James Lorimer ILSLEY

ILSLEY, The Hon. James Lorimer, P.C., K.C., B.A., LL.B., D.C.L., LL.D.

Personal Data

Party
Liberal
Constituency
Digby--Annapolis--Kings (Nova Scotia)
Birth Date
January 3, 1894
Deceased Date
January 14, 1967
Website
http://en.wikipedia.org/wiki/James_Lorimer_Ilsley
PARLINFO
http://www.parl.gc.ca/parlinfo/Files/Parliamentarian.aspx?Item=396d7d47-d79c-4aea-bf33-18c3e7b199e3&Language=E&Section=ALL
Profession
barrister

Parliamentary Career

September 14, 1926 - May 30, 1930
LIB
  Hants--Kings (Nova Scotia)
July 28, 1930 - August 14, 1935
LIB
  Hants--Kings (Nova Scotia)
October 14, 1935 - January 25, 1940
LIB
  Digby--Annapolis--Kings (Nova Scotia)
  • Minister of National Revenue (October 23, 1935 - July 7, 1940)
March 26, 1940 - April 16, 1945
LIB
  Digby--Annapolis--Kings (Nova Scotia)
  • Minister of National Revenue (October 23, 1935 - July 7, 1940)
  • Postmaster General (May 23, 1940 - July 7, 1940)
  • Minister of Finance and Receiver General (July 8, 1940 - December 9, 1946)
June 11, 1945 - April 30, 1949
LIB
  Digby--Annapolis--Kings (Nova Scotia)
  • Minister of Finance and Receiver General (July 8, 1940 - December 9, 1946)
  • Minister of Justice and Attorney General of Canada (December 10, 1946 - June 30, 1948)

Most Recent Speeches (Page 3506 of 3506)


March 24, 1927

Mr. ILSLEY:

I would like to go back to the question I asked a few minutes ago, to which I would like an answer. I know that some time ago some gentlemen from Montreal went to the fprovinee of Nova Scotia and sold several automobiles that had been smuggled into Canada although they produced prima face evidence that the duty had been paid. I believe the victims are getting back their cars upon payment of the duty, and I see that the section as it stood previously was as follows:

If any person knowingly harbours, keeps, conceals purchases, sells or exchanges any goods unlawfully imported into Canada, whether such goods are dutiable or not, or whereon the duties lawfully payable have not been paid, such goods, if found, shall be seized and forfeited without power of remission, and, if such goods are not found, the person so offending shall forfeit the value thereof without power of remission.

That would appear to me as quite reasonable and proper, but I can quite understand that it may have been difficult in a great many instances to prove guilty knowledge on persons who had such goods in their possession. What I would1 like to know.now is whether the proposed section makes any

change in the law other than shifting the burden of proof. The new clause reads:

If any person, whether the owner or not, without lawful excuse. . . . harbours, keeps conceals, purchases-

And so on. Does that moan:

If any person, without knowing the goods to have been smuggled, harbours, keeps, conceals, purchases.

It is important that we know this. How can a person in whose possession are found smuggled goods, escape the penalty? How can he go into court and show that he has a lawful excuse? Supposing he says that he was furnished with some sort of entry paper, would it be said by the court that he should have looked into and satisfied himself as to the genuineness of it? Would that be a sufficient answer by the crown to the excuse which he was offering? That is an, important matter in that connection. I understand this is a copy of another section, and it may be that it is ample protection to the person who is accused, but the uncertainty should be cleared up. With regard to the general question of penalties, it is very important that we should scrutinize them, because undoubtedly the imposition of penalties which are too severe will not serve the object of carrying out the act properly.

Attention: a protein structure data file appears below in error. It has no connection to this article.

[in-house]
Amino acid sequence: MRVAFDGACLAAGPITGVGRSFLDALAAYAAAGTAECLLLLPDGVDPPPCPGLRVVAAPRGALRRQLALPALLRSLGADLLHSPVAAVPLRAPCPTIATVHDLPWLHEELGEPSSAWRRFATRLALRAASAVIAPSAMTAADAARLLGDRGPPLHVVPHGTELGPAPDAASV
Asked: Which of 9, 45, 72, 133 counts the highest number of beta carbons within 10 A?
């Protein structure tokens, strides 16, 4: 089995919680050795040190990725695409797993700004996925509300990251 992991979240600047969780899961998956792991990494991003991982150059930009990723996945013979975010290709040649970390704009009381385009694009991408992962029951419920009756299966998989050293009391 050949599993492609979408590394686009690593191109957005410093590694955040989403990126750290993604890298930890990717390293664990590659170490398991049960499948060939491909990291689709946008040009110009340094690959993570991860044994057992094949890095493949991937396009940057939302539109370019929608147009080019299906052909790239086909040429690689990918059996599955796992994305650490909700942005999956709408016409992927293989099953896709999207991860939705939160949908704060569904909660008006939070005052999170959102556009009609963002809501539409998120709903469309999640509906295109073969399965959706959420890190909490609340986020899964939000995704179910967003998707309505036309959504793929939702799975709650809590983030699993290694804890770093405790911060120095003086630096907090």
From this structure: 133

Mr. EULE'R: I regret very much that I

could not hear all my hon. friend was saying. If I heard him correctly, what I did hear was that he was objecting to the fact that formerly the clause contained the word "knowingly," and that word is now 'being replaced by the words "without lawful excuse." If that is his objection, the answer to that is simply this: It is practically impossible in these cases to prove that a man knew and so to secure a conviction. Under this clause he is given the privilege of making a lawful excuse. Just what form that may take, I am not able to say. It may be given in various ways.

Mr. ILSLEY': Does the minister not think it is important to know that? There are men all over the country who may be proceeded against.

Topic:   EDITION
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March 1, 1927

Mr. ILSLEY:

He was so reported.

Topic:   THE BUDGET
Subtopic:   CONTINUATION OF DEBATE ON THE ANNUAL FINANCIAL STATEMENT OF THE MINISTER OF FINANCE
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March 1, 1927

Mr. ILSLEY:

Is the hon. member aware

that the member for Cape Breton South (Mr. MacDonald) at a meeting in Sydney a few weeks ago said that his experience on committees of the House and in the House itself had convinced him that the members representing central Canadian constituencies were solidly against an increase in the duty on coal?

Topic:   THE BUDGET
Subtopic:   CONTINUATION OF DEBATE ON THE ANNUAL FINANCIAL STATEMENT OF THE MINISTER OF FINANCE
Full View Permalink

March 1, 1927

Mr. ILSLEY:

Has the hon. gentleman

given consideration to the statement of the fuel board that it would take a duty of $6 instead of a duty of $1 to make us independent of foreign supplies?

Topic:   THE BUDGET
Subtopic:   CONTINUATION OF DEBATE ON THE ANNUAL FINANCIAL STATEMENT OF THE MINISTER OF FINANCE
Full View Permalink